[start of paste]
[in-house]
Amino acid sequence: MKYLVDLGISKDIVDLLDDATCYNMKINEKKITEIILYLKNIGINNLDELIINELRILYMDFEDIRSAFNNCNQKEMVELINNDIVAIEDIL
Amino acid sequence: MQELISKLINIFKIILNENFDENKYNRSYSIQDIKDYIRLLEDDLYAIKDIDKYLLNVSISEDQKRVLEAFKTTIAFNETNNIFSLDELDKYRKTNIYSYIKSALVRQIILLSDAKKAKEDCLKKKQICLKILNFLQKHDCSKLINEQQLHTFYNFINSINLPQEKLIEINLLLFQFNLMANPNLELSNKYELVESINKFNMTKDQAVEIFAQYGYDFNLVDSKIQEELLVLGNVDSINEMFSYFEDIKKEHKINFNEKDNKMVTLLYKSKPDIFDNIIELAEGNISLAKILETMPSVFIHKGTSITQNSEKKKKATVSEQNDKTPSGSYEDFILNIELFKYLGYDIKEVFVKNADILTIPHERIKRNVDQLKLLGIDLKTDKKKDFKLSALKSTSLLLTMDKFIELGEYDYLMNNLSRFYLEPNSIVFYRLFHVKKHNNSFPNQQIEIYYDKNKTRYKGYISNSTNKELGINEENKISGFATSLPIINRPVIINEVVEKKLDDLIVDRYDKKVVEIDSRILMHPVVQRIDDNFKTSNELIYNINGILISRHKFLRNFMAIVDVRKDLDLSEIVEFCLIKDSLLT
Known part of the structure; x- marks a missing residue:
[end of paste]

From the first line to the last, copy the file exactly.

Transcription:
[in-house]
Amino acid sequence: MKYLVDLGISKDIVDLLDDATCYNMKINEKKITEIILYLKNIGINNLDELIINELRILYMDFEDIRSAFNNCNQKEMVELINNDIVAIEDIL
Amino acid sequence: MQELISKLINIFKIILNENFDENKYNRSYSIQDIKDYIRLLEDDLYAIKDIDKYLLNVSISEDQKRVLEAFKTTIAFNETNNIFSLDELDKYRKTNIYSYIKSALVRQIILLSDAKKAKEDCLKKKQICLKILNFLQKHDCSKLINEQQLHTFYNFINSINLPQEKLIEINLLLFQFNLMANPNLELSNKYELVESINKFNMTKDQAVEIFAQYGYDFNLVDSKIQEELLVLGNVDSINEMFSYFEDIKKEHKINFNEKDNKMVTLLYKSKPDIFDNIIELAEGNISLAKILETMPSVFIHKGTSITQNSEKKKKATVSEQNDKTPSGSYEDFILNIELFKYLGYDIKEVFVKNADILTIPHERIKRNVDQLKLLGIDLKTDKKKDFKLSALKSTSLLLTMDKFIELGEYDYLMNNLSRFYLEPNSIVFYRLFHVKKHNNSFPNQQIEIYYDKNKTRYKGYISNSTNKELGINEENKISGFATSLPIINRPVIINEVVEKKLDDLIVDRYDKKVVEIDSRILMHPVVQRIDDNFKTSNELIYNINGILISRHKFLRNFMAIVDVRKDLDLSEIVEFCLIKDSLLT
Known part of the structure; x- marks a missing residue: